It’s taken me a long time to listen to a Gillian Welch album, and even then it’s been because it’s a gift from one of my favourite people, and fellow country music enthusiast, Lucy Lehmann.

My first encounter with Gillian Welch was on Ryan Adams’s first solo album, Heartbreaker. I have flirted with her own songs since then but never bought an album because, well, there’s a lot of great music out there and I can’t buy it all. Thanks to Lucy, though, I’m likely to invest in the Welch back catalogue because The Harrow & the Harvest is a very fine piece of work.

The opening track, ‘Scarlet Town’, is both swampy and fugue-like, and in a way sets the rhythm for the rest of the record.

‘Dark Turn of Mind’ sounds like its subject matter, with oddly sweet harmonies. It is lonesome and blue without the sad. These harmonies appear throughout the album and give a depth to the whole record that it doesn’t sound like it needs but which it would be lacking without.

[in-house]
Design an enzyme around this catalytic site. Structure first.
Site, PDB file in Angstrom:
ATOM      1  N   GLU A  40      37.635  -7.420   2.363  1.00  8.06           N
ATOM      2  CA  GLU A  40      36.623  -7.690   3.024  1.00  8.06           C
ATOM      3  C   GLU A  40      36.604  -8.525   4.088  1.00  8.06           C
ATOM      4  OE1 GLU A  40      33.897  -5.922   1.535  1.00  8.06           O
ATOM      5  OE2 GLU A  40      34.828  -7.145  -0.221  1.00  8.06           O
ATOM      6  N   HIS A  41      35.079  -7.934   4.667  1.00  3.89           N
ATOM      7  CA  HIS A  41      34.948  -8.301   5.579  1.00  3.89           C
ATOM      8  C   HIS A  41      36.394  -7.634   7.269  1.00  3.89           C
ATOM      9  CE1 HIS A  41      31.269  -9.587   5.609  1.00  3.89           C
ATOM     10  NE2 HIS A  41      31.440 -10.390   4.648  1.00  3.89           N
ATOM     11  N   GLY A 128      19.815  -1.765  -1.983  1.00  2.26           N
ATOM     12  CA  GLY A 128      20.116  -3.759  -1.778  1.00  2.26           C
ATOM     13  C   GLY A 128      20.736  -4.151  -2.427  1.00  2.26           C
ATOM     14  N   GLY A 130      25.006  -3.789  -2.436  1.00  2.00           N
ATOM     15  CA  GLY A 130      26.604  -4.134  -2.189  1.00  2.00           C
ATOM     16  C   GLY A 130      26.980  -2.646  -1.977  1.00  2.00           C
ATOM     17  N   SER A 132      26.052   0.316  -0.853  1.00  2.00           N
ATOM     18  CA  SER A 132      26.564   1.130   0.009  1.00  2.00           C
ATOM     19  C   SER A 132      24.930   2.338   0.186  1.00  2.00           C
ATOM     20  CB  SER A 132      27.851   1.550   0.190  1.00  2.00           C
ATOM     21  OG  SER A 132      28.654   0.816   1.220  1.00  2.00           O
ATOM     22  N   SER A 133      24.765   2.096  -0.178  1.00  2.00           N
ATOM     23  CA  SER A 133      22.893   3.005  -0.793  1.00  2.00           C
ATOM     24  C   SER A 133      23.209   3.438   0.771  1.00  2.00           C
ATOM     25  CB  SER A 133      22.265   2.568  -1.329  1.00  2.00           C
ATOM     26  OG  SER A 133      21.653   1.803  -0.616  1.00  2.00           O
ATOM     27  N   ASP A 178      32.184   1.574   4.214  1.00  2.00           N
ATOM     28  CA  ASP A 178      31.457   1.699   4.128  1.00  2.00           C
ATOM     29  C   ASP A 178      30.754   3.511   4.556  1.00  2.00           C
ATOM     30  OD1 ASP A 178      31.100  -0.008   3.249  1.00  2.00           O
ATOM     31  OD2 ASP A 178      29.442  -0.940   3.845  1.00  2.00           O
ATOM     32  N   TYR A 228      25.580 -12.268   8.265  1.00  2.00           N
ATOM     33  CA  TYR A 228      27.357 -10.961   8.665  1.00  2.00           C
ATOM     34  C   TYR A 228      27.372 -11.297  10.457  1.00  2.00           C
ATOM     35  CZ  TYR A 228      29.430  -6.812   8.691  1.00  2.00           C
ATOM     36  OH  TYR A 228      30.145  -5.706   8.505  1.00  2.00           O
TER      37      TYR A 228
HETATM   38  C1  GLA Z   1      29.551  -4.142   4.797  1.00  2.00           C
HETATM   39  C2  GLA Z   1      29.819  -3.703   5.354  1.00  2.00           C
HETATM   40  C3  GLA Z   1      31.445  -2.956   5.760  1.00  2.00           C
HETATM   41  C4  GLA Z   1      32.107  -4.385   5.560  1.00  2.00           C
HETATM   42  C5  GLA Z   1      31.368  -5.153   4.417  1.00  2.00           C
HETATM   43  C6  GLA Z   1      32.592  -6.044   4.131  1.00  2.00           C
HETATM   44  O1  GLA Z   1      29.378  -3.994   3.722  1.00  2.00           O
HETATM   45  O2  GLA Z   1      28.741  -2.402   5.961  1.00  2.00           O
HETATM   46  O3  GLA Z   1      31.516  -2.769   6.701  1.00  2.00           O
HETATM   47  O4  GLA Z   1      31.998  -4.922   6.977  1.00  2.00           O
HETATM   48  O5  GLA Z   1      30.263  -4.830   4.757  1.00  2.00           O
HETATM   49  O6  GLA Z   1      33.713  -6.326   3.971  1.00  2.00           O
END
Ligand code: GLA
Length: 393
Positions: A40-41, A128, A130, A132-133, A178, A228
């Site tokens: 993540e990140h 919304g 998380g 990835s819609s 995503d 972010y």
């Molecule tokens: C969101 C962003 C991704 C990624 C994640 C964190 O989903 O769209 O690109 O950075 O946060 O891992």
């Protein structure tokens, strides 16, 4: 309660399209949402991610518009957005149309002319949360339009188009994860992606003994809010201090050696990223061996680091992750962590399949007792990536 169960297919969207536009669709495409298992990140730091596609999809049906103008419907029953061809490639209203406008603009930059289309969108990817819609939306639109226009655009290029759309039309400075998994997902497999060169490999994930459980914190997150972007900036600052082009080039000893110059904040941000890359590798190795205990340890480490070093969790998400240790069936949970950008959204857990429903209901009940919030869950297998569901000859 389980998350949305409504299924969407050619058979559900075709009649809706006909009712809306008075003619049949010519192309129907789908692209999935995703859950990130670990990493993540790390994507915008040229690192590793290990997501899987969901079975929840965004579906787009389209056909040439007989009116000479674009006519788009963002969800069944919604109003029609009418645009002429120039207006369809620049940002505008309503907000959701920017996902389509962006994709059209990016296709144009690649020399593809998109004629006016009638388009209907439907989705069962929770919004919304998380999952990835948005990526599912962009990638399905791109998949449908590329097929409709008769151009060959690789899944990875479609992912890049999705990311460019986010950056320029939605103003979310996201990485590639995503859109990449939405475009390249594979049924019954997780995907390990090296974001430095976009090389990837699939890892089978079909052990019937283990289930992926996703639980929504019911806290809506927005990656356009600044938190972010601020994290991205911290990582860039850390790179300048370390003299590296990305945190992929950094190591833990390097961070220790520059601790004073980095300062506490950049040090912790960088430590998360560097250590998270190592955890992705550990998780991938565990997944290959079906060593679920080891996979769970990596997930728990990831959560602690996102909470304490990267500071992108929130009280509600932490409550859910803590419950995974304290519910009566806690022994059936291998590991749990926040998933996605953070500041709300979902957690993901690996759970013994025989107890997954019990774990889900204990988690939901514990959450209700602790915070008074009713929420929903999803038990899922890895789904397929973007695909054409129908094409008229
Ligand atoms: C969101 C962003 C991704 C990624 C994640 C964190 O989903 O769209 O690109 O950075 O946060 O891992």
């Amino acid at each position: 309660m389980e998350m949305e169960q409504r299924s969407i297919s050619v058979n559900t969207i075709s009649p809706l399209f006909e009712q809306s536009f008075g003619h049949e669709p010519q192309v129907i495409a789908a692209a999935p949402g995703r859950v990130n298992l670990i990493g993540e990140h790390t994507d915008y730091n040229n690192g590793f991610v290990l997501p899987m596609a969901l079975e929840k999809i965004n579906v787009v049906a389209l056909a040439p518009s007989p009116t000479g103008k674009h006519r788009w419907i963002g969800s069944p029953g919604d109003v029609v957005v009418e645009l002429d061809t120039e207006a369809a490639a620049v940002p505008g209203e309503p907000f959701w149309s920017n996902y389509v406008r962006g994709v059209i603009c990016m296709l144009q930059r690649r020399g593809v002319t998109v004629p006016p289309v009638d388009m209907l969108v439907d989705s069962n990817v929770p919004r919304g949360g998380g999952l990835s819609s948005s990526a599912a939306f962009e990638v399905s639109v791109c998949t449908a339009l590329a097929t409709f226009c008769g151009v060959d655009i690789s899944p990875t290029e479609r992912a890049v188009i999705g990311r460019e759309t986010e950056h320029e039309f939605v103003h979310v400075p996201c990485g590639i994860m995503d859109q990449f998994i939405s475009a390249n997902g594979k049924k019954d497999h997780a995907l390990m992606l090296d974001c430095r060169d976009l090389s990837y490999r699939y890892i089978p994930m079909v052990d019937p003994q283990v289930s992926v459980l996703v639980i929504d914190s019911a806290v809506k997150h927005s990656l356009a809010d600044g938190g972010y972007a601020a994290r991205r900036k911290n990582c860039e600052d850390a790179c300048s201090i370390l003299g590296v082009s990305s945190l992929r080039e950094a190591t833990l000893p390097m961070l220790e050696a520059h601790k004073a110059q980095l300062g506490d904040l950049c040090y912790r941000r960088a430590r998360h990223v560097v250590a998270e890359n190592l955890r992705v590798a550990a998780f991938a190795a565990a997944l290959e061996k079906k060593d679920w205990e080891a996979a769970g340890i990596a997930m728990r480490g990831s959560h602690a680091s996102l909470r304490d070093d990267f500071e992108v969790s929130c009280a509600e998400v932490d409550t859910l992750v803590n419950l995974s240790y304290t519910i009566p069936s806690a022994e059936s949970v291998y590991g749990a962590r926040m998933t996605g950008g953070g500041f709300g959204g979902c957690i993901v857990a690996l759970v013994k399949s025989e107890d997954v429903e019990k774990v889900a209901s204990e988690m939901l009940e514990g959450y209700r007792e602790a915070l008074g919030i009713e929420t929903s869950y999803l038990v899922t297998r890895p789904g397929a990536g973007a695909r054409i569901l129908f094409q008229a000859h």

The lulling, rolling pace of the third track, ‘The Way it Will Be’, drew me in even when I had it on in the background, trying to concentrate on some work. But I couldn’t ignore it – it’s almost hypnotic.

There’s then a considerable shift to the toughness of ‘The Way it Goes’. The lyrics indicate regret – ‘that’s the way that it is/though there was a time when all of us were friends’ – but Gillian’s voice is unforgiving.

In turn that tough tone yields to the dirge-like ‘Tennessee’ and beyond, into musical swamplands that aren’t at all swampy. The record is redolent of banjoes and backhoes, of hard times, but when she sings ‘hard times ain’t gonna rule my mind no more’, we believe her. That extraordinary voice is full of light.

And it is Gillian’s voice that is perhaps the main reason for buying the album. You’d follow that voice into any tale it wants to tell, down uncertain trails and into harsh homes, then out into the fields and sunlight once more.

Gillian Welch, The Harrow & the Harvest (Acony, 2011)